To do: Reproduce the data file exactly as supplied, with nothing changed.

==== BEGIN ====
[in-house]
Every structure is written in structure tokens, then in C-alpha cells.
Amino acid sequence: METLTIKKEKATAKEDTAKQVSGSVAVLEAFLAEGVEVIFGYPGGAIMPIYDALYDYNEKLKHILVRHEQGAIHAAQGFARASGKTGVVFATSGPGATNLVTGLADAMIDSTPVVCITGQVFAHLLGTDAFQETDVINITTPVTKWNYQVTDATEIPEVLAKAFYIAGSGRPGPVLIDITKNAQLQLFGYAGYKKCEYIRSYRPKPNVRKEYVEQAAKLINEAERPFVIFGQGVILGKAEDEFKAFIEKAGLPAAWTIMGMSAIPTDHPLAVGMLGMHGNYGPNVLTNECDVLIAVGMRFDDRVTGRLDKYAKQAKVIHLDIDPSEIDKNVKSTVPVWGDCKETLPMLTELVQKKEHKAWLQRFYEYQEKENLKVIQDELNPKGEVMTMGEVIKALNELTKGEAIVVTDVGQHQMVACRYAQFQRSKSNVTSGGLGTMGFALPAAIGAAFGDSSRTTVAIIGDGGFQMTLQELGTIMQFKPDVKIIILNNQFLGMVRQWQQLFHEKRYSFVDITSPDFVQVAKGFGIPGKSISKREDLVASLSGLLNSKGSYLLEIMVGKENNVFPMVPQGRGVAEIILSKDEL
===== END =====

[in-house]
Every structure is written in structure tokens, then in C-alpha cells.
Amino acid sequence: METLTIKKEKATAKEDTAKQVSGSVAVLEAFLAEGVEVIFGYPGGAIMPIYDALYDYNEKLKHILVRHEQGAIHAAQGFARASGKTGVVFATSGPGATNLVTGLADAMIDSTPVVCITGQVFAHLLGTDAFQETDVINITTPVTKWNYQVTDATEIPEVLAKAFYIAGSGRPGPVLIDITKNAQLQLFGYAGYKKCEYIRSYRPKPNVRKEYVEQAAKLINEAERPFVIFGQGVILGKAEDEFKAFIEKAGLPAAWTIMGMSAIPTDHPLAVGMLGMHGNYGPNVLTNECDVLIAVGMRFDDRVTGRLDKYAKQAKVIHLDIDPSEIDKNVKSTVPVWGDCKETLPMLTELVQKKEHKAWLQRFYEYQEKENLKVIQDELNPKGEVMTMGEVIKALNELTKGEAIVVTDVGQHQMVACRYAQFQRSKSNVTSGGLGTMGFALPAAIGAAFGDSSRTTVAIIGDGGFQMTLQELGTIMQFKPDVKIIILNNQFLGMVRQWQQLFHEKRYSFVDITSPDFVQVAKGFGIPGKSISKREDLVASLSGLLNSKGSYLLEIMVGKENNVFPMVPQGRGVAEIILSKDEL